Group Lending and Endogenous Social Sanctions
Jean-Marie Baland (),
Rohini Somanathan () and
Studies in Economics from School of Economics, University of Kent
In recent years, microfinance institutions have expanded into group lending with individual liability, leaving out the joint liability clause which was an important feature in earlier lending contracts. Recent experimental evidence indicates that group lending may yield benefits, specifically lowering default rates, even in the absence of joint liability. In this paper, we develop a theoretical model where the public nature of group meetings means that borrowers have incentives to repay a group loan to safeguard their reputation. We show that the introduction of group loans with individual liability will cause sorting between joint liability and individual liability group loans. Specifically, borrowers who attach more importance to their reputation will select into individual liability loans, causing default rates and interest rates to rise for joint liability loans. The introduction of group loans with individual liability can even make joint liability loans infeasible in equilibrium.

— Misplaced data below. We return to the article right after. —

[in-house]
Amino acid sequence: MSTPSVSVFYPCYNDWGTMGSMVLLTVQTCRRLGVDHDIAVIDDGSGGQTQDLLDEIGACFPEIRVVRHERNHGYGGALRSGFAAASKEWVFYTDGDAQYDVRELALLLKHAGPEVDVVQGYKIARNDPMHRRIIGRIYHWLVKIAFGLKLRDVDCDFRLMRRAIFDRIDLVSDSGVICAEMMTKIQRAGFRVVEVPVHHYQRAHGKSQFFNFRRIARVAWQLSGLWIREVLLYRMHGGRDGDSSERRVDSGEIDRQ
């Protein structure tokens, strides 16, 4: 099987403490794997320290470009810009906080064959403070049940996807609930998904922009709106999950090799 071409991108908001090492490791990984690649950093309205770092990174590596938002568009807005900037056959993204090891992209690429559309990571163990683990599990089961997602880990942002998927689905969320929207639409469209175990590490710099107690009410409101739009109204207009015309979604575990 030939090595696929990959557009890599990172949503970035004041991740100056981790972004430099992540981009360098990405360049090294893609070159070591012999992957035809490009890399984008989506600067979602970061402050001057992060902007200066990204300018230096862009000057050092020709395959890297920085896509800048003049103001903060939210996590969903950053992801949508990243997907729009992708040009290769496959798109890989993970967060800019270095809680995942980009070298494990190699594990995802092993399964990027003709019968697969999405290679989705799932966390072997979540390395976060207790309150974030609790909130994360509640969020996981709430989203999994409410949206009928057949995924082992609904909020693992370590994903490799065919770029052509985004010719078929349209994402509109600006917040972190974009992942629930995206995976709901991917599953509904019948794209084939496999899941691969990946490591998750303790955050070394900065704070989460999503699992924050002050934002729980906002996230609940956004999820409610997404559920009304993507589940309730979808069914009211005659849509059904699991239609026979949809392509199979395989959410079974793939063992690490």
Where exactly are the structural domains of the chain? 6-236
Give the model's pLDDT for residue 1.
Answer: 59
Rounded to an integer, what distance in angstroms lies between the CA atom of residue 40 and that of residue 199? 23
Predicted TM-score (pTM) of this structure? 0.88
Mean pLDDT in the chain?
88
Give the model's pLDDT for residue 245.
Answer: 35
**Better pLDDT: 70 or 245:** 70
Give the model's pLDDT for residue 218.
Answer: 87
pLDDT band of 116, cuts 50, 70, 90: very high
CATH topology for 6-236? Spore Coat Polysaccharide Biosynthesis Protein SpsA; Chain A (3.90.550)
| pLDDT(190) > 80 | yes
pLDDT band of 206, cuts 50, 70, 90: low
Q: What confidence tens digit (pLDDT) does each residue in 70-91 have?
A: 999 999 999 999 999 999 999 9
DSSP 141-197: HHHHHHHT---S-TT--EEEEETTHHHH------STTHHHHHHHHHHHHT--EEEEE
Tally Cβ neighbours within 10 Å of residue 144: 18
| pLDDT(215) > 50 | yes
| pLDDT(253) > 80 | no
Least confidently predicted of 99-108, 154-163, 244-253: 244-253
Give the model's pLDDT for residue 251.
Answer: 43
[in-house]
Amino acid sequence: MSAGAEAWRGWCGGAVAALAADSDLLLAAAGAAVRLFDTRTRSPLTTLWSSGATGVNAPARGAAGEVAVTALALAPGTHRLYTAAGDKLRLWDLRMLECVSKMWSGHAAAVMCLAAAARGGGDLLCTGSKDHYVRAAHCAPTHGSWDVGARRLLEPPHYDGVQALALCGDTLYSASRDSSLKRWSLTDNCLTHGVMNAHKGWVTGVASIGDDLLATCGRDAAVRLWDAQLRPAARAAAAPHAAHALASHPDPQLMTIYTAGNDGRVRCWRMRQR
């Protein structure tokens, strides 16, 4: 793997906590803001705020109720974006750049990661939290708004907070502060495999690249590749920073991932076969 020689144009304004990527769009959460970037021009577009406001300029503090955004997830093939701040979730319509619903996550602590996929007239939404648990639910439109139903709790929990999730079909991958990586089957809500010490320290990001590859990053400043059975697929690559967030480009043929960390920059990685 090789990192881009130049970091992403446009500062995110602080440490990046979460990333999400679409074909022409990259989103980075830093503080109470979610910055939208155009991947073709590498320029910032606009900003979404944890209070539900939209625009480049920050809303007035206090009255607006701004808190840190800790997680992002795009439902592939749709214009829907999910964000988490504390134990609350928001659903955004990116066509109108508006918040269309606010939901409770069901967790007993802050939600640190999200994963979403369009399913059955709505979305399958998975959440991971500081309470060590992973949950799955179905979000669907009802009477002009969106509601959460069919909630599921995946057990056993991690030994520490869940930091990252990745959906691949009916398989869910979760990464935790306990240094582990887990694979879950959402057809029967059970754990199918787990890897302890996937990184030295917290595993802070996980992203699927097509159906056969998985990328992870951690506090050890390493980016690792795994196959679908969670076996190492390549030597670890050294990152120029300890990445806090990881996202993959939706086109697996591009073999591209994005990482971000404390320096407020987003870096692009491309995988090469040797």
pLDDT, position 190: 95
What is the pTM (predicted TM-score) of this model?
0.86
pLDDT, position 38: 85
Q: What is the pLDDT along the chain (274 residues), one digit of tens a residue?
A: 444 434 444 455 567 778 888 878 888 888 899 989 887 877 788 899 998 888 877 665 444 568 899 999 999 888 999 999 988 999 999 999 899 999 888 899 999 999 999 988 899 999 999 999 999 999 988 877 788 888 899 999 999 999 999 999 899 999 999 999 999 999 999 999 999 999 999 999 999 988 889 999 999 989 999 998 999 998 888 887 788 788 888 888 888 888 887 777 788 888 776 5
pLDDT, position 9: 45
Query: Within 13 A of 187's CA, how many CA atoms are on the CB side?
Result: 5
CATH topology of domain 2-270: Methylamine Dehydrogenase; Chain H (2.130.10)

Keywords: Microfinance; Group Lending; Joint Liability; Social Sanctions; Reputation (search for similar items in EconPapers)
JEL-codes: G21 O12 O16 D8 (search for similar items in EconPapers)
New Economics Papers: this item is included in nep-ban, nep-law, nep-mfd and nep-mic
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